There is an inherent tension in spiritual life – particularly in its liberal forms – between that which is ancient, venerable, ‘tried-and-true,’ and traditional, on the one hand; and that which is fresh, new, progressive, innovative, and ‘cutting-edge,’ on the other. This tension – which can be creative and healthy – is already apparent in the scriptures of the Hebrew Bible.
On the one hand, there’s the world-weary and somewhat cynical judgement of “the preacher” in the book of Ecclesiastes:
What has been is what will be, and what has been done is what will be done; there is nothing new under the sun.
Contrast this with the words spoken by the prophet Isaiah, who declares (on behalf of the deity):
From this time forward I make you hear new things, hidden things that you have not known. They are created now, not long ago; before today you have never heard of them, so that you could not say, “I already knew them.”
Clearly, Isaiah finds something “new under the sun,” and trusts in a fresh creative outburst of spirit in his own historical moment.
Another of the ancient Hebrew prophets, Jeremiah, appealed to the people of his generation:
Stand at the crossroads, and look, and ask for the ancient paths, where the good way lies; and walk in it, and find rest for your souls.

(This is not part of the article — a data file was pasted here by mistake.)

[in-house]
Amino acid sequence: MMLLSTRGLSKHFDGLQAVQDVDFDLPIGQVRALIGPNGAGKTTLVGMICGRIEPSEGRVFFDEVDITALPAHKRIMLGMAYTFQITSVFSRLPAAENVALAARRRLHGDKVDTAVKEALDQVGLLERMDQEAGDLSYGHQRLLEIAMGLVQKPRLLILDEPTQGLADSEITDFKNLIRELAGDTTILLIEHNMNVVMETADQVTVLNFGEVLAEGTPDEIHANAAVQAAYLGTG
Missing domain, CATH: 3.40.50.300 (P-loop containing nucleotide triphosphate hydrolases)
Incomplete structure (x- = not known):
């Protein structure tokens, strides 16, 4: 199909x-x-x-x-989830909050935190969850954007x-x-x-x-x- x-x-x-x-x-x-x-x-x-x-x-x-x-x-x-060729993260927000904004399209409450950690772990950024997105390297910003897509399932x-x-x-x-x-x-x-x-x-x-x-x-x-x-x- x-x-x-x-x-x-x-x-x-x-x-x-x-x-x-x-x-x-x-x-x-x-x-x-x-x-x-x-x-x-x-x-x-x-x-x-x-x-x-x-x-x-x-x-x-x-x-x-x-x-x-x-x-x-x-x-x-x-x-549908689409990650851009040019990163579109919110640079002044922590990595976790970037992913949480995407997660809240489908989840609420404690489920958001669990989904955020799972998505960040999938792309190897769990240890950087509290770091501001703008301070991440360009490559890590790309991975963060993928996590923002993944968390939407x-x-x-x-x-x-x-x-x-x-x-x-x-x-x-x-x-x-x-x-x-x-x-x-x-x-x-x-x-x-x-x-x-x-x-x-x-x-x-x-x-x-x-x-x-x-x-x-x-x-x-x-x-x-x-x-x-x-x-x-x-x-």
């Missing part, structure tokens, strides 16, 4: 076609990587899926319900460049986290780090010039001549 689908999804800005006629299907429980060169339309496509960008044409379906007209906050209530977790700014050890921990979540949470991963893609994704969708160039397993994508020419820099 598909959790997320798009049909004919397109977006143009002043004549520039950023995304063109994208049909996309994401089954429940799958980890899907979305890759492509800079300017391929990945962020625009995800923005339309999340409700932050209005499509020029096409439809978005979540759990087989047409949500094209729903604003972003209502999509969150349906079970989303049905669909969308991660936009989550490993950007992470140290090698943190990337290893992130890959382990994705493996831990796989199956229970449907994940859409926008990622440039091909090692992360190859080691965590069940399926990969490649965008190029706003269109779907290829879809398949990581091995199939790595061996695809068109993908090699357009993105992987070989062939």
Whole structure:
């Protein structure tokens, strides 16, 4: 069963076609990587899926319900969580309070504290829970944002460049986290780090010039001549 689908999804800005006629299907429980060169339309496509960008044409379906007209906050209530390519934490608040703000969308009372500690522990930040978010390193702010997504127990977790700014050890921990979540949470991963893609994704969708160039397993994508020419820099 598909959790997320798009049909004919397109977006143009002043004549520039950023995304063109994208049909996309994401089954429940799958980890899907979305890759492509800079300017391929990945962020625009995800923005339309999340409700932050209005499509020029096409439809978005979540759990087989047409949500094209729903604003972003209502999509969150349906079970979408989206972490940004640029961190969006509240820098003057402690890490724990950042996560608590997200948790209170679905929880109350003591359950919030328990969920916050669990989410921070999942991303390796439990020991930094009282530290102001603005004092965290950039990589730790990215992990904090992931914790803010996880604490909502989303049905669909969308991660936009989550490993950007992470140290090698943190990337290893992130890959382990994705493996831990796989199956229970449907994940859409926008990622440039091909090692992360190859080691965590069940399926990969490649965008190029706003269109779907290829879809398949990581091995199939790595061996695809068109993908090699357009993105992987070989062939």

Trust in the dawning future does not necessarily mean a wholesale abandonment of the old traditional teachings. I recently heard a local Ojibwe spiritual elder in Duluth, for example, speak of a powerful dream in which he was urged to ‘learn the old ways,” and teach them to others, as a way to face the challenging environmental crises facing humankind.
A few years ago, I attended a workshop led by Chuck Collins, the author of 99 to 1: How Wealth Inequality Is Wrecking the World and What We Can Do About It and other books. As part of the process in that workshop, we spent time sharing stories and learning from our elders about some of the important life-skills that were simply taken for granted during the Great Depression, but which now seem new and innovative, even chic. Recycling, for example, is an idea that is itself being ‘recycled.”
That old wisdom teacher, Jesus of Nazareth, summed it up as well as anybody when he described the ideal disciple of his own path:
“Every scribe who has been trained for the kingdom of heaven is like the head of a household who brings out of their treasure what is new and what is old.”
The choice between treasures old and new is not an either/or. May we continue to draw upon the rich resources of the great religious traditions – what Huston Smith called ‘the winnowed wisdom of the world” — while continuing to adapt these teachings in new and creative ways to the world in which we live, and love, and grow.
In faith and fellowship,